Other side of the coin here. I’ll often send emails in off hours so I can be near the front of the queue on Monday morning. There is no expectation it will be read before then.

    So check with your manager. Also enable your out of office auto-reply to ensure that there are no expectations of a response prior to that.

    1. AnotherAlison*

      The ones I glance at over the weekend go to the bottom of the queue, after the “fresh” Monday morning ones, unless they were truly urgent, so I hope your strategy isn’t backfiring!

      It seems as technology has changed, we all have to re-evaluate how we handle this. It used to be no big thing for the top guy in the company to email everyone on Sunday because he was the only one actually checking email. Now that everyone is (or can, if they choose to), it seems expectations should be clarified across the board.

  13. AP*

    A 9 to 5 in a creative industry? This is impossible to answer for the fact that this job does not exist…

    1. AP*

      In all seriousness, though, you need to have that conversation. Don’t just delete the account from your phone – if you’ve been responding up until now, your boss will think you’ve just decided to start ignoring him.

      Sometimes I email people on the weekend because I’m afraid I’ll forget what I wanted to say until Monday. Sometimes it’s because my boss is calling me with an essential question that he needs answered immediately and I need to get it from someone else. I try to let them know if it needs to be answered or can wait. You can frame your conversation in that light – does everything need to be answered immediately or can I use my judgment on what needs a response before Monday? After a while you’ll get a feel for what you need to do and what you can hold off on.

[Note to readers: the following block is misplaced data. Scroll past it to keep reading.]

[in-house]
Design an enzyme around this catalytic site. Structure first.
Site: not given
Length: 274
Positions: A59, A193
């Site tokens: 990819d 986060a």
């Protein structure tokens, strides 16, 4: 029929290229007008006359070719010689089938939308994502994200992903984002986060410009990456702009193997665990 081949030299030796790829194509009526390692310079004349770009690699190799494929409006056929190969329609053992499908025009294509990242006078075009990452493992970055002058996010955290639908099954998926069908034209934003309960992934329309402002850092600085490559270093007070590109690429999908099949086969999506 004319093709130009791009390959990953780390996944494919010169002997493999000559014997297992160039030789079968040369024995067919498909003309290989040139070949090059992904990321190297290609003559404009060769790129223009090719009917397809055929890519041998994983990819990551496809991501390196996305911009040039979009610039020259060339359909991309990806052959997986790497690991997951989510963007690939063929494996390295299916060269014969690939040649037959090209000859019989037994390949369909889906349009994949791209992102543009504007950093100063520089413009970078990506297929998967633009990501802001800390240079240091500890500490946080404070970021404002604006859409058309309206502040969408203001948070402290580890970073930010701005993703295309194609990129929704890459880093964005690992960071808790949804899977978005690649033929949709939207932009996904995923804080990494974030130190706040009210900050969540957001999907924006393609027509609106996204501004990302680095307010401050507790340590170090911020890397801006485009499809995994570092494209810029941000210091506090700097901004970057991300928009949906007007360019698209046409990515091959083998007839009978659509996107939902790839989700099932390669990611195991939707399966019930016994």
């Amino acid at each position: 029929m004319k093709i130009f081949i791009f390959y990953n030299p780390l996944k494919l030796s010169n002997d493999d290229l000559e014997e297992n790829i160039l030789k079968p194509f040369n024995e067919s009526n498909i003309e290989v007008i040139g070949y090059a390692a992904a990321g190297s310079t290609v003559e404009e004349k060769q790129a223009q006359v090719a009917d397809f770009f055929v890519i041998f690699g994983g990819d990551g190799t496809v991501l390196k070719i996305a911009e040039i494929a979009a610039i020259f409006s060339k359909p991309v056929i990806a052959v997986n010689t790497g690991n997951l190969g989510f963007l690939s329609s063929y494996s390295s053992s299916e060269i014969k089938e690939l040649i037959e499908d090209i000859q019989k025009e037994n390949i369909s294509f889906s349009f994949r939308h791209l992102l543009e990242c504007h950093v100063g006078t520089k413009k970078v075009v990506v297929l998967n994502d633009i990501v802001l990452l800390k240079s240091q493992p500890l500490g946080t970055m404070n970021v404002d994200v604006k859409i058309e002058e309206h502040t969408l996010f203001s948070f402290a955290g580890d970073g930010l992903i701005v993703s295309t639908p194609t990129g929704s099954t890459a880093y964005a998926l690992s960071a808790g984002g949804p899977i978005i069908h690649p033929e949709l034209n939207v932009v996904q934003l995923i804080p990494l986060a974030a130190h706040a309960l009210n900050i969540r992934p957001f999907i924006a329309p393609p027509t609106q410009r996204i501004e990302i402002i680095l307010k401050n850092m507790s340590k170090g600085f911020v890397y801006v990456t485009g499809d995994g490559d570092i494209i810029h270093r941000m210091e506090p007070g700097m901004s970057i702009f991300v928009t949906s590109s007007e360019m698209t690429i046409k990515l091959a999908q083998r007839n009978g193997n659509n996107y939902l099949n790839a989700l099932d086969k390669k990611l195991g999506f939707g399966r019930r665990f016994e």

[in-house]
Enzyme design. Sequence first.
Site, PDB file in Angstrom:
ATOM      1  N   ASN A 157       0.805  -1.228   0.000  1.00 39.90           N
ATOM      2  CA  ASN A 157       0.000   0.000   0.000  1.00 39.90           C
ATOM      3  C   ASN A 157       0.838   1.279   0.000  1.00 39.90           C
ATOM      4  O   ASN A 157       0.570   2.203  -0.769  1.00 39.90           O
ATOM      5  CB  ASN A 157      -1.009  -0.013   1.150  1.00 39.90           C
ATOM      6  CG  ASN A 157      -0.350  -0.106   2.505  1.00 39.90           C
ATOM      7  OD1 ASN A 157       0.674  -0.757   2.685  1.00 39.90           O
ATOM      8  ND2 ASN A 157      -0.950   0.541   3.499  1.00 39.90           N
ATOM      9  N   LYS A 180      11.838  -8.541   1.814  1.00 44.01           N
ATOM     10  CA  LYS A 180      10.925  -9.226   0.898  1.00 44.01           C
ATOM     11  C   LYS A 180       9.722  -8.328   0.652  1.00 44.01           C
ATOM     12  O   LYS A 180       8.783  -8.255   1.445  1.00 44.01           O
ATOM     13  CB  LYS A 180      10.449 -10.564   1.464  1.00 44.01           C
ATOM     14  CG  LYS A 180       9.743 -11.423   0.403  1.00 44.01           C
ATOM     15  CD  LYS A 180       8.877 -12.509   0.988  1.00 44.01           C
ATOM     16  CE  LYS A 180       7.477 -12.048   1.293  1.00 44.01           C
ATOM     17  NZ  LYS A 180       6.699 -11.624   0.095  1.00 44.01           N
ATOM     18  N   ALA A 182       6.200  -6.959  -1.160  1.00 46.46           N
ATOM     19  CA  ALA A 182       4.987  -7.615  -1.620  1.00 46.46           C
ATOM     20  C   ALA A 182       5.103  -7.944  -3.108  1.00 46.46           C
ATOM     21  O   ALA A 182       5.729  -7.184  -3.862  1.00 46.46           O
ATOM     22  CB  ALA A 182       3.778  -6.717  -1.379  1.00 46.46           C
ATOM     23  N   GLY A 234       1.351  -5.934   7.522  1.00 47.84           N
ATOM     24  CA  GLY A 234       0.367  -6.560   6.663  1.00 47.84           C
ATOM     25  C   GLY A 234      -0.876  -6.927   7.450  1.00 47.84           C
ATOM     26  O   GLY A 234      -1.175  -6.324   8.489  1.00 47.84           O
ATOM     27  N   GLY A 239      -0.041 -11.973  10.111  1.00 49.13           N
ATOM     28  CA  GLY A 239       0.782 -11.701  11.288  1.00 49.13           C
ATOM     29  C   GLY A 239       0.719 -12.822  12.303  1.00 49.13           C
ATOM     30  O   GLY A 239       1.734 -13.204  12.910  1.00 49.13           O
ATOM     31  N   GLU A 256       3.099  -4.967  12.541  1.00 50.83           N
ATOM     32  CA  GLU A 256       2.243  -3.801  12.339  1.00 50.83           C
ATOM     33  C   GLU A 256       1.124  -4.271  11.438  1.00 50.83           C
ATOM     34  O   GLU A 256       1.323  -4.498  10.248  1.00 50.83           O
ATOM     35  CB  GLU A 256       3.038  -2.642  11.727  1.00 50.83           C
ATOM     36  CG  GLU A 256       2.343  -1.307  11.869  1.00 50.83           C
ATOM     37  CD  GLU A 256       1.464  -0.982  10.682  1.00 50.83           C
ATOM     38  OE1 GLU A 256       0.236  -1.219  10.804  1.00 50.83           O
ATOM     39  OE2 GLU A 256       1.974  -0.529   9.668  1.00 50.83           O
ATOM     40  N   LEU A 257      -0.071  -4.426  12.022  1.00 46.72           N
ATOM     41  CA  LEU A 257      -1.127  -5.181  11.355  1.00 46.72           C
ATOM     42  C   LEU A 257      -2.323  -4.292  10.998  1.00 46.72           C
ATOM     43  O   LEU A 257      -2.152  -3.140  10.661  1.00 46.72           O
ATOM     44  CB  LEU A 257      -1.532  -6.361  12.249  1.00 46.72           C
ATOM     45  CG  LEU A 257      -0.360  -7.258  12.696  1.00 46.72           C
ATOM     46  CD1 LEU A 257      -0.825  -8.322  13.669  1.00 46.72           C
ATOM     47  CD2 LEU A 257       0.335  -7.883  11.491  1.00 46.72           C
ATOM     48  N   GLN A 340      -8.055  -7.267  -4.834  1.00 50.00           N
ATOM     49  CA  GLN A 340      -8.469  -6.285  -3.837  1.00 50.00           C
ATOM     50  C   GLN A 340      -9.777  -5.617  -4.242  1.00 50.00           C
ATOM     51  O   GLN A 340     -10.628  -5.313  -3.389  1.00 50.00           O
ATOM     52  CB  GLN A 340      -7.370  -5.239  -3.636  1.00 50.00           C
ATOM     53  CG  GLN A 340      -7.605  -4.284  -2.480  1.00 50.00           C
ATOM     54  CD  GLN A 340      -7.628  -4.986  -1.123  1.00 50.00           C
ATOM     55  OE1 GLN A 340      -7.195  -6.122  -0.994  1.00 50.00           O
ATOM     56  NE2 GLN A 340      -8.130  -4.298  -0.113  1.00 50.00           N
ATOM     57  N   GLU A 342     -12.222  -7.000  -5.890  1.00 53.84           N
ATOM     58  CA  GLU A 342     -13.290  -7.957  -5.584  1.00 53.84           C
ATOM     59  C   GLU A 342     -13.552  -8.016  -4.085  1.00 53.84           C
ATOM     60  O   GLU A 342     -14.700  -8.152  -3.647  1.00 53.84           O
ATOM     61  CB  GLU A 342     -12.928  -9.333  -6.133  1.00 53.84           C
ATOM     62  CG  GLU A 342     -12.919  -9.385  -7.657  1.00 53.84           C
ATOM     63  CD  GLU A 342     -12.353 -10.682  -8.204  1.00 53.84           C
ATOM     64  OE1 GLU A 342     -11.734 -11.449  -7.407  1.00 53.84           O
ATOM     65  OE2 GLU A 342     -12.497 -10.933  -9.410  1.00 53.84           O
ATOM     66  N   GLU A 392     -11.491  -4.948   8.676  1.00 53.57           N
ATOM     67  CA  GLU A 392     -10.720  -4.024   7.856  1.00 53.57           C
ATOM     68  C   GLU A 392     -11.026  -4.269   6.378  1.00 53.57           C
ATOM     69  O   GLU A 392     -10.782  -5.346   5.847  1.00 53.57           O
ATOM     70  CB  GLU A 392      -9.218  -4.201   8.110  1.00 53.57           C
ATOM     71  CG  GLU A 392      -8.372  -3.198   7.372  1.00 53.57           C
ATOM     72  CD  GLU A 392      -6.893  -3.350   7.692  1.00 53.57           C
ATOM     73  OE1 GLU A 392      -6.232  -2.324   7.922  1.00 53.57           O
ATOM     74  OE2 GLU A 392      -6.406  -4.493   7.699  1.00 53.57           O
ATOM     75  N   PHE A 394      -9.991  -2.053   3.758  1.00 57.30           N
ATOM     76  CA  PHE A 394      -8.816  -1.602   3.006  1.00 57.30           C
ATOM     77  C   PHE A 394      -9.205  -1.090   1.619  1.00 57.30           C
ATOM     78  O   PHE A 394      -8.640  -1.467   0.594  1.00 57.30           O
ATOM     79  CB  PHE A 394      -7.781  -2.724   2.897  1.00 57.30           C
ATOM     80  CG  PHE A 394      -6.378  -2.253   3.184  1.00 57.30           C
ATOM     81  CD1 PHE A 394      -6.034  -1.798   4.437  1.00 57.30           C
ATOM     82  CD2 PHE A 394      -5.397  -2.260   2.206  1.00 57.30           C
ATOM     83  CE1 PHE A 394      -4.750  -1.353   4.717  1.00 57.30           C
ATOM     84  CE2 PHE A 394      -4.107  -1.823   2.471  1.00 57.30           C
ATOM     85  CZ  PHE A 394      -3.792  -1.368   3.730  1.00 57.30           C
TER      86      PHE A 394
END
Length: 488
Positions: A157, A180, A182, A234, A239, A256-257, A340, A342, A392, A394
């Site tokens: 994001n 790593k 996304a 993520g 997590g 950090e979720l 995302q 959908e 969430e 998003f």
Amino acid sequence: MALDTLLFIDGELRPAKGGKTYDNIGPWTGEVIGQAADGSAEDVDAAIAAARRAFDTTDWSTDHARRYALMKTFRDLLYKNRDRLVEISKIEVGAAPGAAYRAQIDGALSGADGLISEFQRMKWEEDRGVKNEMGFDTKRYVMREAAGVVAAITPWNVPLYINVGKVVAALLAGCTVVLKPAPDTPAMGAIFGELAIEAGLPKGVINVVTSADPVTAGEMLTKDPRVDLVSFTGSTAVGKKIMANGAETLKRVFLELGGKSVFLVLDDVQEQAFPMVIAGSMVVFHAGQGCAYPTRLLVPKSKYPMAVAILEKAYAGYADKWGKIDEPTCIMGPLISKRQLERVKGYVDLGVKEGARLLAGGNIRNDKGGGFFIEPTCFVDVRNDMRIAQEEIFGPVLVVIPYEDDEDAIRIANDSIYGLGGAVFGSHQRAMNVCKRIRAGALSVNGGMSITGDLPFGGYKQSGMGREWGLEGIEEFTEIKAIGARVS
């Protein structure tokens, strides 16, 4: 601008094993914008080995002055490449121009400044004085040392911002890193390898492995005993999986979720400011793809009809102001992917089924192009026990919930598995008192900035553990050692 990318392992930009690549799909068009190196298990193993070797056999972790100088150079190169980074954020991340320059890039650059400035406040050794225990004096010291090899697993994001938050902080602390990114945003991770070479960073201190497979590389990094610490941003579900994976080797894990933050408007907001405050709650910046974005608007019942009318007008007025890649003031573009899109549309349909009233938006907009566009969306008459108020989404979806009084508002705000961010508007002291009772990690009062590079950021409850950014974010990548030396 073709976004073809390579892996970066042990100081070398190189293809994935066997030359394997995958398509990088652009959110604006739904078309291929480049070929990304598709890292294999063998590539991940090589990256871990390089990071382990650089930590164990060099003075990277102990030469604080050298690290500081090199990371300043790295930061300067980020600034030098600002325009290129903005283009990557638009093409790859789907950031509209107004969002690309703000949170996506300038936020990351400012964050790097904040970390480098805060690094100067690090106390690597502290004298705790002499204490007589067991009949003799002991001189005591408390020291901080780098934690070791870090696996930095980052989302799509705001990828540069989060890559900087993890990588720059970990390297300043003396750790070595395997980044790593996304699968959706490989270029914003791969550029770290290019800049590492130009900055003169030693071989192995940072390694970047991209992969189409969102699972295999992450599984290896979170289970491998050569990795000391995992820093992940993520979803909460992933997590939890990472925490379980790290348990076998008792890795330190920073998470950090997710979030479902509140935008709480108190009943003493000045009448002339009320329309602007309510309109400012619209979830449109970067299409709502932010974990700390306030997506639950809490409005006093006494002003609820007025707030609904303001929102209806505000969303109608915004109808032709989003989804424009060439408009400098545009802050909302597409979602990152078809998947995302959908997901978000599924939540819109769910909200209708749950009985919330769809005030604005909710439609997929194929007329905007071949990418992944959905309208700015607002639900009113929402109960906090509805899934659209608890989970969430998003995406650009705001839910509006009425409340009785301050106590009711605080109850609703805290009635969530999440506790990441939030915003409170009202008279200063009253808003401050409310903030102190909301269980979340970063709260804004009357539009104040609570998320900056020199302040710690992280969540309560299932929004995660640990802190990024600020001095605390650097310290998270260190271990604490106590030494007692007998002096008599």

But do keep in mind this is pretty standard in most creative fields and if everyone else in your company is doing it, you might be expected to as well.

    2. Anonymous*

      Hahaha. It does, but it is IS pretty rare. And IME graphic designers and other such people tend to put themselves in the “creative industry” category.

  14. Anonymous*

    You need to delete the work email from your phone if you are paid hourly. I sometimes like to pop in to my email on Sunday so I know what to expect for Monday, but other than that… no. If your manager truely thinks every single email is urgent then, your job duties and pay need to change accordingly.

  15. Niki C*

    I am curious how many people utilize the “out of office” function for evenings and weekends? Personally, I have never seen this done. I have worked in sports, law, recruiting and sales. For me, out of office means out of office during regular business hours. I assume this person’s boss knows she is physically out of the office on a weekend.

    1. Jamie*